In a competition featuring 12 teams, of which eight qualify for the knockout phase, falling at the first hurdle is a bitter pill to swallow. Yet in the cases of the first four eliminated sides at the Copa America 2011 - namely Bolivia, Ecuador, Mexico and Costa Rica - the level of disappointment has differed vastly.
Bolivia, for their part, were the first squad to come together on Argentinian soil and also the first to take their leave. Gustavo Quinteros’s charges caught the eye early on thanks to a 1-1 opening draw with La Albiceleste, only to follow up that superb display with consecutive 2-0 defeats by Group A rivals Costa Rica and Colombia. La Verde thus extended their winless run in the Copa America to 16 games, stretching back to a 3-1 victory over Mexico on home soil on 25 June 1997.
“We didn’t have much time to work together, so what we were trying to do was find a settled squad with a view to the [Brazil 2014] qualifying phase,” said Quinteros. “And I think we managed to do that. When it comes to our first qualifier, I expect 80 per cent of the players who were in Argentina to form the core of the squad.”
Able to call upon their biggest names and guided by a coach with recent FIFA World Cup™ experience, Ecuador appeared well-placed to negotiate the group phase for the first time since 1997. However, Reinaldo Rueda’s team picked up just one point from three games. That came from a goalless draw with Paraguay, in which their keeper Marcelo Elizaga was voted man of the match.
Rueda reflected: “The work we’re doing is geared towards taking us to the World Cup, but this test, the Copa America, is one we’ve failed. We were careless, and we fell short in the key game against Venezuela. We’ll be carefully evaluating everything that’s happened over these three games.”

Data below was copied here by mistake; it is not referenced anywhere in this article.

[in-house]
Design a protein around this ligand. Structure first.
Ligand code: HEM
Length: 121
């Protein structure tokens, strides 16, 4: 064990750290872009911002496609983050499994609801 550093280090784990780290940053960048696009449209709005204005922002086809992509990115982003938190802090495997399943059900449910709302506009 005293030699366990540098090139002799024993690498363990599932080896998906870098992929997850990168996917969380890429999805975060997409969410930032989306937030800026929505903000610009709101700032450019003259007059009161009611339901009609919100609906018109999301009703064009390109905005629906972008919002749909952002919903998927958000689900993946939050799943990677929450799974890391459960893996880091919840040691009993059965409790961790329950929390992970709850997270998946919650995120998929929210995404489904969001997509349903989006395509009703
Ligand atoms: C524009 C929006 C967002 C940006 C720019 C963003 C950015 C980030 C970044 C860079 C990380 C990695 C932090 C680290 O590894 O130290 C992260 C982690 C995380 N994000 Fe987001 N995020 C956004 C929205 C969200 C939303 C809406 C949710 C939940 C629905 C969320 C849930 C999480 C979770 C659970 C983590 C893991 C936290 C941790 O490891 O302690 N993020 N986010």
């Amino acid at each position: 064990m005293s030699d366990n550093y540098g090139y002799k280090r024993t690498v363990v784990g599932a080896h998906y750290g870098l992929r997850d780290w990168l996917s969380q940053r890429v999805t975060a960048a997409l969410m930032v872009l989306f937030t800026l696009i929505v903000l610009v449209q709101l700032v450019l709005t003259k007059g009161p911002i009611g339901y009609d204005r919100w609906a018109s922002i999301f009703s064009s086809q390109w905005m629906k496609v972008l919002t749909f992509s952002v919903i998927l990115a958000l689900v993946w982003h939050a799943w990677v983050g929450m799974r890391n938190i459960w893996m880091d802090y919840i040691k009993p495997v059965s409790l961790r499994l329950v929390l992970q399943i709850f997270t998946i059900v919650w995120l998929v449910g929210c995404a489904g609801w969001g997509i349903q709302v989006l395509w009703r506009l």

La Tri’s lacklustre showing in a Group B campaign that also featured 1-0 and 4-2 reverses by Venezuela and Brazil respectively, has also sown seeds of doubt among the media back home. “We’re heading for home with a really bitter taste in our mouths,” said 22-year-old striker Felipe Caicedo, whose two goals against A Seleção will provide a few crumbs of comfort for Ecuador fans. “We came here looking to achieve something big, and I think we deserved more than we got.”
CONCACAF duo feel the cost of inexperience
Mexico and Costa Rica, invited to represent CONCACAF, sent largely youth-based squads and will have learned valuable lessons from their time in Argentina. And Los Ticos coach Ricardo La Volpe can point to the fact that his side did at least pick up three points, thanks to the Group A win over Bolivia.
“It’s not easy to play with so many youngsters against teams packed with star names, but we didn’t do badly,” said the 59-year-old, who even had to forbid his players from having their photos taken with Lionel Messi or asking for his autograph ahead of the sides’ final group game.
Mexico found the going tougher, having had to replace no fewer than eight players due to disciplinary reasons on the eve of their opening match in Group C. Perhaps unsurprisingly, they were beaten 2-1, 1-0 and 1-0 by Chile, Peru and Uruguay respectively.
“It wasn’t a good tournament by us, but I don’t consider it a failure,” said coach Luis Tena. “We came here with an U-22 squad and we then had to make wholesale last-minute changes. We didn’t go far wrong in footballing terms, though the same can’t for said for disciplinary matters.”
Los Aztecas thus fell a long way short of their Copa America highs of 1993 and 2001, when they went all the way to the final.
One of the more experienced members of the squad that came to Argentina, Tottenham Hotspur’s Giovani dos Santos, had this to say prior to heading for home: “Mexico should be sending a stronger side to a competition like this. But on a positive note this has been a useful experience for us all: now the younger lads know what playing in the Copa is really like.”